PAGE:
Historically Republican-leaning counties across the prairies voted for FDR in the 1932 presidential election in the hopes of securing relief. The newly-elected president responded to their cries for help within his first one hundred days in office. He relied extensively on Hugh Hammond Bennett, a North Carolina soil expert, and Secretary of Agriculture Henry Wallace, who believed better farming practices would alleviate the storms. Under the supervision of Bennett, the United States Forestry Service’s Prairie States Forestry Project planted trees on private lands to create shelterbelts to reduce erosion. To arrest further soil deterioration, the Taylor Grazing Act took 140 million acres out of the public domain and established carefully monitored grazing districts. The Drought Relief Service coordinated relief activities, including buying cattle from impoverished farmers and selling them to hungry Americans. The Works Progress Administration (WPA)—which employed 8.5 million Americans—offered job opportunities to desperate farmers. Federal employees traveled the Plains, teaching farmers better farming methods.

Historians debate the effectiveness of all these programs. They even debate the degree to which the “Great Plow-up” of the decades preceding the 1930s was the cause of the Dust Bowl. What is not debated is that the over-farming of the Plains contributed to the dust storms, and that the programs initiated by the FDR administration provided significant relief to many desperate American farmers. There’s a reason so many previously libertarian-leaning farmers became Democrats in the 1930s.

Sadly, many Americans—especially Los Angeles Police Chief James E. Davis, who sent policemen to patrol the southern border of California to keep “undesirables” out of his state—had little interest in helping the people of the Great Plains. Some shrugged their shoulders over a mess they believed the farmers had themselves created. Yet Roosevelt’s administration recognized that the common good of the entire country was threatened by the disaster across the Plains. FDR’s overarching objective was not to drive the farmers from their homes or overthrow their way of life, but to help them conserve it through better agricultural practices that honored the land and enabled them to preserve a valued American subculture.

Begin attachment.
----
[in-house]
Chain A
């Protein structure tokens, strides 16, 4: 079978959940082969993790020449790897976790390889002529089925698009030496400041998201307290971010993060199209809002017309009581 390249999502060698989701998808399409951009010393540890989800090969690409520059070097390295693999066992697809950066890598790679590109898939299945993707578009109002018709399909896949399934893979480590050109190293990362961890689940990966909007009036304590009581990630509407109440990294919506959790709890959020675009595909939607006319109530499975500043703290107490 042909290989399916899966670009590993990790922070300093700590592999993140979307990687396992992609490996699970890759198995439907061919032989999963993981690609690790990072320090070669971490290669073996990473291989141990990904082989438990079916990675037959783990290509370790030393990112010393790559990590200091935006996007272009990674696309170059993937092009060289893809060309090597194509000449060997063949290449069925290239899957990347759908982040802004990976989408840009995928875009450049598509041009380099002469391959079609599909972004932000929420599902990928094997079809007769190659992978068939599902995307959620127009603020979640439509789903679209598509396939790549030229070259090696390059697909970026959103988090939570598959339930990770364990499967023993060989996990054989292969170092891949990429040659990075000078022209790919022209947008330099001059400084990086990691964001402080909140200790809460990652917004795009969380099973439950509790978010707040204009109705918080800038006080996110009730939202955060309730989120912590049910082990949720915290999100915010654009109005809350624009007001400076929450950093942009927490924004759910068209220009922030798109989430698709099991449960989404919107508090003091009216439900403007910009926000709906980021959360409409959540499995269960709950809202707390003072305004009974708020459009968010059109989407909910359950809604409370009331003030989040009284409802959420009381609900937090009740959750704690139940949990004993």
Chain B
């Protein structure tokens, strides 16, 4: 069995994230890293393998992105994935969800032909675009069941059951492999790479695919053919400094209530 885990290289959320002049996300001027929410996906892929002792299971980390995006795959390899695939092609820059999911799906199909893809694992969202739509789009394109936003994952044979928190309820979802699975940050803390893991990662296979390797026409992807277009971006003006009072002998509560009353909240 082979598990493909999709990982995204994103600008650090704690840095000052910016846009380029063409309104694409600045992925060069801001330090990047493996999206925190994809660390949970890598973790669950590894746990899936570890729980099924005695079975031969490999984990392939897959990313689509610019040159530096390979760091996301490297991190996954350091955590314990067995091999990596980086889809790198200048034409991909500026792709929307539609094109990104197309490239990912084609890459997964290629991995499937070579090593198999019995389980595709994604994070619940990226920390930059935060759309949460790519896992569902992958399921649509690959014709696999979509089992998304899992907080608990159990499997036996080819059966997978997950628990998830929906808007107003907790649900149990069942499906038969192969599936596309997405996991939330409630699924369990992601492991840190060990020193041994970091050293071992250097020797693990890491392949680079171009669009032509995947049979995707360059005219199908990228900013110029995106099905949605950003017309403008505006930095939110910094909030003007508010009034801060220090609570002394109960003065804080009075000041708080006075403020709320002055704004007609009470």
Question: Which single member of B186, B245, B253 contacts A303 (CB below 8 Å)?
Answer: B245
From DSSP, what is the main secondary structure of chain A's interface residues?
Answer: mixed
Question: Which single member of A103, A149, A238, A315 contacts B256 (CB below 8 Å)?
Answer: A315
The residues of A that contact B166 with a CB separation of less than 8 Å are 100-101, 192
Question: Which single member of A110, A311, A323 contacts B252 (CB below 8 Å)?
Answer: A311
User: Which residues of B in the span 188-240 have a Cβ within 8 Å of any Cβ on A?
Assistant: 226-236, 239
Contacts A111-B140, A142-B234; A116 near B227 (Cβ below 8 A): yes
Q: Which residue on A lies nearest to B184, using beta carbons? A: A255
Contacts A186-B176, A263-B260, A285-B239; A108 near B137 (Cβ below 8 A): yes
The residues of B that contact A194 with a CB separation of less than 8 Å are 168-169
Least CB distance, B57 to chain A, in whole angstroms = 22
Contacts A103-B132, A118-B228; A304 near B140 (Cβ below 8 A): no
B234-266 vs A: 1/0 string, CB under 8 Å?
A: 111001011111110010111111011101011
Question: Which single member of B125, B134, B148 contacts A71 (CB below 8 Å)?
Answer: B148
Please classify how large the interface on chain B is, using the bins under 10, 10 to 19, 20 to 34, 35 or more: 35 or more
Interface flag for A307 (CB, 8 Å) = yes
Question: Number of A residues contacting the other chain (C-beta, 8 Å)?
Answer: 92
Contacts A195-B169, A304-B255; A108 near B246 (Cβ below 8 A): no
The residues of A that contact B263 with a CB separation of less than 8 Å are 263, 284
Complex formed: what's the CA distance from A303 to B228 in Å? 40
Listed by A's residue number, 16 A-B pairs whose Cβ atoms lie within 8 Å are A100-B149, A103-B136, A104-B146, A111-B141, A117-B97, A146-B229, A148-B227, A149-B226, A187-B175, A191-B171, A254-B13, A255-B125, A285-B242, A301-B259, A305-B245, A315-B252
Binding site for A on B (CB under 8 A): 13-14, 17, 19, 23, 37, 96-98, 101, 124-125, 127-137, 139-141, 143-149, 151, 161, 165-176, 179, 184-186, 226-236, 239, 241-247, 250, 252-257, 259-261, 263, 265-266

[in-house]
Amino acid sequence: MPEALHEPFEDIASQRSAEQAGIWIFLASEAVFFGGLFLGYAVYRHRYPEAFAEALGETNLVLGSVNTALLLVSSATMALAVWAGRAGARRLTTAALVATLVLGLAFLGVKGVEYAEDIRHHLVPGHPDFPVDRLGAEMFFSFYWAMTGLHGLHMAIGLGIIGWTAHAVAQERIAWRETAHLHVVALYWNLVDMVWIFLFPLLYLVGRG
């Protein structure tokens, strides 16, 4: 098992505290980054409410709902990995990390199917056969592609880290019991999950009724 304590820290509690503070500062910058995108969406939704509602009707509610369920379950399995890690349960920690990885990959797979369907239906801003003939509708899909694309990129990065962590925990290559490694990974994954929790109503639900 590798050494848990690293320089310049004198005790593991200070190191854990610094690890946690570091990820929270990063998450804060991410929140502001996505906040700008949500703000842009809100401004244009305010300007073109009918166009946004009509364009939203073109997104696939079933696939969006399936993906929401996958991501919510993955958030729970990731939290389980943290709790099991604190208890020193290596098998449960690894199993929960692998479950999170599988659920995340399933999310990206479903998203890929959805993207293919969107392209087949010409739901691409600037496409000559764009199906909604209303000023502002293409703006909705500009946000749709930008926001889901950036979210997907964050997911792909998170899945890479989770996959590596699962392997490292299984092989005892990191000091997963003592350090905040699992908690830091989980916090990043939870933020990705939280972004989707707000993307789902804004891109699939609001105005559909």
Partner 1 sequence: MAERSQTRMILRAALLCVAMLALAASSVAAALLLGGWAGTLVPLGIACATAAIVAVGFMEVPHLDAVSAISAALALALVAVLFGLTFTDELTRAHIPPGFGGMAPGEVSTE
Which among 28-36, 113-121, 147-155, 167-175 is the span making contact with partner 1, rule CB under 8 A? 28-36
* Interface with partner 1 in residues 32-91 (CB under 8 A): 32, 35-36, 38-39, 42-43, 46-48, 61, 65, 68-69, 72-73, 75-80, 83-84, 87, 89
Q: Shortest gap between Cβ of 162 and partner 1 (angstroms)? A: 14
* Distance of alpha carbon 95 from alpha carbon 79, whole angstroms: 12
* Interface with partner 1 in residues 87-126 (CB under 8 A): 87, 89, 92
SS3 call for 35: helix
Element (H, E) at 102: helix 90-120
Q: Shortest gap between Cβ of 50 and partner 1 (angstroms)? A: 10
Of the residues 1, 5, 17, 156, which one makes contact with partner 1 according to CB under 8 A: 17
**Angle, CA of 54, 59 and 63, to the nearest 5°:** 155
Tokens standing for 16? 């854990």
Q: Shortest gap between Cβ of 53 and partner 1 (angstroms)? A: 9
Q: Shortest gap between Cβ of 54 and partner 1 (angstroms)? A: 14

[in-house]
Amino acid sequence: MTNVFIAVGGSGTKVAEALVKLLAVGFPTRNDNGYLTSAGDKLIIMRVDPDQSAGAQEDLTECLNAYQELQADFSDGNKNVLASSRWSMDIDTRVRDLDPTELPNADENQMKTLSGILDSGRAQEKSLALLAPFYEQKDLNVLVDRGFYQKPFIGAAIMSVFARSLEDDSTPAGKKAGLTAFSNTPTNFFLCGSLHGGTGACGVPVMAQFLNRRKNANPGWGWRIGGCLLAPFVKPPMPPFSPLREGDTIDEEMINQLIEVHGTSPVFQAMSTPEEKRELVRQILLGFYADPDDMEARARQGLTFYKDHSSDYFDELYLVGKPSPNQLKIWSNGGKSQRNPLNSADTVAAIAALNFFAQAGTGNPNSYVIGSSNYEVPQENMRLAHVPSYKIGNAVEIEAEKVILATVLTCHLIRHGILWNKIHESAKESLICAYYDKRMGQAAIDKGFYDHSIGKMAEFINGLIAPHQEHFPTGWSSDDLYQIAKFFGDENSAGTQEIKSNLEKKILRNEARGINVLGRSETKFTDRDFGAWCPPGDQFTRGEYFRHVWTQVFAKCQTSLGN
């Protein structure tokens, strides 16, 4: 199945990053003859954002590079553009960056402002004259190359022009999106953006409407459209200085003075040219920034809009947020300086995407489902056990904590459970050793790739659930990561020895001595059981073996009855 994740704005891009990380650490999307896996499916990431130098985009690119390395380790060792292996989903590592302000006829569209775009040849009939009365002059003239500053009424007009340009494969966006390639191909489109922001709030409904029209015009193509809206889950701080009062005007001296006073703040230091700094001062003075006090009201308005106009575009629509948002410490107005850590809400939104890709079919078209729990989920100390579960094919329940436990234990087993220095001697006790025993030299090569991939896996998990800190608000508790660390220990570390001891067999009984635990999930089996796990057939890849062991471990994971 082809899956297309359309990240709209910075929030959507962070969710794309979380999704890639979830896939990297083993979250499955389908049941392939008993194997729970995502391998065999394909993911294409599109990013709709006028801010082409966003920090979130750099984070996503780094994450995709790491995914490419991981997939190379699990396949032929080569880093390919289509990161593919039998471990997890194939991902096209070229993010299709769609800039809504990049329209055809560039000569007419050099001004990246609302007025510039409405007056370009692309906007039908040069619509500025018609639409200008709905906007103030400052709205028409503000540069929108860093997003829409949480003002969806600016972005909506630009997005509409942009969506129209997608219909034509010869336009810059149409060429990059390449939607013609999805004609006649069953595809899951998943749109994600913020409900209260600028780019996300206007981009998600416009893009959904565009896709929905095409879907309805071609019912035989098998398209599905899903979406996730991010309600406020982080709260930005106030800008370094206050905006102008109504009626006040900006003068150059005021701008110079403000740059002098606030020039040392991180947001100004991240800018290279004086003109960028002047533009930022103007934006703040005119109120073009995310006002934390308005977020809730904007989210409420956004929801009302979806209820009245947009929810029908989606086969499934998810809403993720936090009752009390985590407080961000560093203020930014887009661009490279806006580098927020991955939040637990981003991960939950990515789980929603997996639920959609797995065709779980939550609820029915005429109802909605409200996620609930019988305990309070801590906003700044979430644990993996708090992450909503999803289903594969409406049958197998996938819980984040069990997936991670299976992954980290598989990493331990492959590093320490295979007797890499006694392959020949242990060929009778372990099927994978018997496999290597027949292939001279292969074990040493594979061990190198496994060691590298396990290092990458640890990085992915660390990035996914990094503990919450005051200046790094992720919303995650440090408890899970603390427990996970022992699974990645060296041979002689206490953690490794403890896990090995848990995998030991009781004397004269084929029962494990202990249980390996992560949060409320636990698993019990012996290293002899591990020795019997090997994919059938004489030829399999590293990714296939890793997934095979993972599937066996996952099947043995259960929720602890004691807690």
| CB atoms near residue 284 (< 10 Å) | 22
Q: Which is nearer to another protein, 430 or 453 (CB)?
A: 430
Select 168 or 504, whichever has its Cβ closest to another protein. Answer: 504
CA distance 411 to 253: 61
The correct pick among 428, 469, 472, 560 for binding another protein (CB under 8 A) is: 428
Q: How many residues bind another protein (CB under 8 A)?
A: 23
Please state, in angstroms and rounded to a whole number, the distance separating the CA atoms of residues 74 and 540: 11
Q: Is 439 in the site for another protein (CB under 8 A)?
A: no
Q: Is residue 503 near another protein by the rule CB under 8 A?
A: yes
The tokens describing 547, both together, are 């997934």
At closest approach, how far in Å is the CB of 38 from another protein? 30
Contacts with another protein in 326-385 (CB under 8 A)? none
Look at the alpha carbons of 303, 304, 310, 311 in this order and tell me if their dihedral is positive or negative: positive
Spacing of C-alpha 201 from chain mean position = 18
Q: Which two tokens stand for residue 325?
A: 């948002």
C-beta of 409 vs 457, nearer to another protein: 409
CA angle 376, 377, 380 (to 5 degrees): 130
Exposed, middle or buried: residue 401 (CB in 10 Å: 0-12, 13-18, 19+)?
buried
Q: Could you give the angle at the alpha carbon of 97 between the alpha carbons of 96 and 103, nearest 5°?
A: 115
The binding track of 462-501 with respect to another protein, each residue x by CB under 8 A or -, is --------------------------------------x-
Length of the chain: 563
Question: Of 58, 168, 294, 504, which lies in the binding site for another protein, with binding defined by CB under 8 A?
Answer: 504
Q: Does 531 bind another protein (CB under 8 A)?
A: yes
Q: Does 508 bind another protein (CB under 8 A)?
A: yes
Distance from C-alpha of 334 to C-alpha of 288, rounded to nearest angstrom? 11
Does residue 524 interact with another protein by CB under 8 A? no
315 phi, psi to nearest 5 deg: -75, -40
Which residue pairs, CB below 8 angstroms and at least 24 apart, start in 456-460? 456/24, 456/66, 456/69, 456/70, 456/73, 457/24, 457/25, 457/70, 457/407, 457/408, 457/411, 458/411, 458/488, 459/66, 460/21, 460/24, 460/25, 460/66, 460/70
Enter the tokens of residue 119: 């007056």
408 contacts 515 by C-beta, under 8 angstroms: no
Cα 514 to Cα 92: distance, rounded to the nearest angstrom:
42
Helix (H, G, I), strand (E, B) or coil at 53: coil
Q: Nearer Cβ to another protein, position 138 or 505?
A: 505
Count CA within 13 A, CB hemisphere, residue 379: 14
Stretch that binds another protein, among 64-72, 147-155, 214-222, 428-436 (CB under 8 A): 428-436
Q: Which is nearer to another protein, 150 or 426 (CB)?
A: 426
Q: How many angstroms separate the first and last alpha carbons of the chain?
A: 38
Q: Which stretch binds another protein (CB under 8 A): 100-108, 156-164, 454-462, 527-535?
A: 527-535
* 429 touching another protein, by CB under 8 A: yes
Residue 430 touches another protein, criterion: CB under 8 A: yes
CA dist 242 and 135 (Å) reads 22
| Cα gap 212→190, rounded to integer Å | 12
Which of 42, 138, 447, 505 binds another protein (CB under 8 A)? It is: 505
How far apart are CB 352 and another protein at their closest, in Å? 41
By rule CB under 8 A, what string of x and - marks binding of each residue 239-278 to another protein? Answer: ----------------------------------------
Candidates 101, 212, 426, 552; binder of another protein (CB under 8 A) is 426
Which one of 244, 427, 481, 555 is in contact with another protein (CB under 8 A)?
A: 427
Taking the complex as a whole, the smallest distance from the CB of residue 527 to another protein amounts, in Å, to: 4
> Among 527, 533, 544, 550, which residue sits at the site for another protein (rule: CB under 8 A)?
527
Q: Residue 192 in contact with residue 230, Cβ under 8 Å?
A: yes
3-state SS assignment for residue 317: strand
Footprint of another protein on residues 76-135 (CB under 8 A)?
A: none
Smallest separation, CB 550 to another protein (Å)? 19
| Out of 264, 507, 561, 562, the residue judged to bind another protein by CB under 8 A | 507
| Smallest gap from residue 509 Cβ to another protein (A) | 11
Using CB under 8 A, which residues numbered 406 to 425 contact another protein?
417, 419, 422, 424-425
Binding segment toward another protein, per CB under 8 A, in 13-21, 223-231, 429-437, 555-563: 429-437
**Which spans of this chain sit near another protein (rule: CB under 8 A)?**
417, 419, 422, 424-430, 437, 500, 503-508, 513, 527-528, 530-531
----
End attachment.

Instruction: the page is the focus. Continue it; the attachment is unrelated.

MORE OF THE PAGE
The Relationship Between US Farmers and the Government

By 1938, the extensive re-plowing of the land into furrows, planting trees in shelterbelts, and other conservation methods resulted in a sixty-five percent reduction in the amount of soil blowing. The next year, the drought finally ended. With the beginning of World War II, the Great Depression came to a close, and the Great Plains once again became covered in golden wheat for the war effort.

This is not to say that the problem was resolved; there were severe dust storms again in the 1940s and 1950s. Furthermore, a second Dust Bowl is still very possible, given that US agribusiness is draining the groundwater from the Ogallala Aquifer—the prime source of water for the Great Plains—eight times faster than it is replenished by rain. US agribusiness is a $20-billion-a-year industry that grows almost one-fifth of the United States’ wheat, corn, and beef cattle. Moreover, US farmers are now very heavily regulated, controlled by quotas, and, in many cases, sustained by subsidies. In many cases, the federal government has become the farmer’s senior partner—a most unhealthy economic paradigm. For reasons such as these, Americans should pause and consider the long-term viability of the current way of life on the plains.

Many popular accounts of the Dust Bowl focus on the alleged greed or short-sightedness of the farmers of the plains. Perhaps there is some merit to that narrative, though it seems many were simply oblivious to the ecological chaos they caused. Many at the time believed, wrongly, the aphorism “rain follows the plow.” A far more interesting, far less popular narrative is how staunchly self-reliant American farmers who eschewed federal intervention and desired to be left alone encountered a crisis they simply could not overcome on their own. For those who stayed, programs like the Soil Conservation Service, Drought Relief Service, WPA, and Civilian Conservation Corps often provided the necessary financial relief, technical guidance, and employment opportunities to save many families from poverty or death. The story of the Dust Bowl is a story about American grit and perseverance, but also about the limits of libertarianism.